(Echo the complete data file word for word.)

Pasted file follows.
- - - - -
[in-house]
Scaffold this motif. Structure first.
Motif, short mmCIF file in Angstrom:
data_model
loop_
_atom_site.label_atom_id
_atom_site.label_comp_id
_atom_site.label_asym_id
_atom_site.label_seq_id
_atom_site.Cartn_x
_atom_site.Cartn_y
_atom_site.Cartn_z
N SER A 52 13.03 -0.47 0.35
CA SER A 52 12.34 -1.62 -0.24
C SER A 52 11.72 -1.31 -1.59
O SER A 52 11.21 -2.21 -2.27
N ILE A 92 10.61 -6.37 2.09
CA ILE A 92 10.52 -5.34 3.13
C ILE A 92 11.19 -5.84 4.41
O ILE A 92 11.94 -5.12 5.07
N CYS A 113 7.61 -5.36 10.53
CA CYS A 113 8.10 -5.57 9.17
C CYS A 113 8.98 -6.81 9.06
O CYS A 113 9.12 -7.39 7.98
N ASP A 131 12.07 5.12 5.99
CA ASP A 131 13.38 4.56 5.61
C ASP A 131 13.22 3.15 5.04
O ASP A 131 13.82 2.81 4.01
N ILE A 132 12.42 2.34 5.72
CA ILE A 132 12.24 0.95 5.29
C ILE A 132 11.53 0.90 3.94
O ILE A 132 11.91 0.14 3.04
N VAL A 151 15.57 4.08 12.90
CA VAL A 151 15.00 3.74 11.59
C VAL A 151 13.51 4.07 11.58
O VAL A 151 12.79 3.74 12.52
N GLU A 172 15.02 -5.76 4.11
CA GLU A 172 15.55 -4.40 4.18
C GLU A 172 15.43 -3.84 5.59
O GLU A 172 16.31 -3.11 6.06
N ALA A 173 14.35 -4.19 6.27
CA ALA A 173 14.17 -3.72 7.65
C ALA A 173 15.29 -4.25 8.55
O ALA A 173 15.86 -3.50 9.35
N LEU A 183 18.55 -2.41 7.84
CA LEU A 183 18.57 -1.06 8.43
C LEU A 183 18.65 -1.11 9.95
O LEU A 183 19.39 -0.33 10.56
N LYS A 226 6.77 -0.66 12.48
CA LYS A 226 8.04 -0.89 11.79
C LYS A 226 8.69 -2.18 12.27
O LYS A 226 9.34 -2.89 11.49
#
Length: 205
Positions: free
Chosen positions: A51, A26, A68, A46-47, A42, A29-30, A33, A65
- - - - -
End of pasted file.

[in-house]
Scaffold this motif. Structure first.
Motif, short mmCIF file in Angstrom:
data_model
loop_
_atom_site.label_atom_id
_atom_site.label_comp_id
_atom_site.label_asym_id
_atom_site.label_seq_id
_atom_site.Cartn_x
_atom_site.Cartn_y
_atom_site.Cartn_z
N SER A 52 13.03 -0.47 0.35
CA SER A 52 12.34 -1.62 -0.24
C SER A 52 11.72 -1.31 -1.59
O SER A 52 11.21 -2.21 -2.27
N ILE A 92 10.61 -6.37 2.09
CA ILE A 92 10.52 -5.34 3.13
C ILE A 92 11.19 -5.84 4.41
O ILE A 92 11.94 -5.12 5.07
N CYS A 113 7.61 -5.36 10.53
CA CYS A 113 8.10 -5.57 9.17
C CYS A 113 8.98 -6.81 9.06
O CYS A 113 9.12 -7.39 7.98
N ASP A 131 12.07 5.12 5.99
CA ASP A 131 13.38 4.56 5.61
C ASP A 131 13.22 3.15 5.04
O ASP A 131 13.82 2.81 4.01
N ILE A 132 12.42 2.34 5.72
CA ILE A 132 12.24 0.95 5.29
C ILE A 132 11.53 0.90 3.94
O ILE A 132 11.91 0.14 3.04
N VAL A 151 15.57 4.08 12.90
CA VAL A 151 15.00 3.74 11.59
C VAL A 151 13.51 4.07 11.58
O VAL A 151 12.79 3.74 12.52
N GLU A 172 15.02 -5.76 4.11
CA GLU A 172 15.55 -4.40 4.18
C GLU A 172 15.43 -3.84 5.59
O GLU A 172 16.31 -3.11 6.06
N ALA A 173 14.35 -4.19 6.27
CA ALA A 173 14.17 -3.72 7.65
C ALA A 173 15.29 -4.25 8.55
O ALA A 173 15.86 -3.50 9.35
N LEU A 183 18.55 -2.41 7.84
CA LEU A 183 18.57 -1.06 8.43
C LEU A 183 18.65 -1.11 9.95
O LEU A 183 19.39 -0.33 10.56
N LYS A 226 6.77 -0.66 12.48
CA LYS A 226 8.04 -0.89 11.79
C LYS A 226 8.69 -2.18 12.27
O LYS A 226 9.34 -2.89 11.49
#
Length: 205
Positions: free
Chosen positions: A51, A26, A68, A46-47, A42, A29-30, A33, A65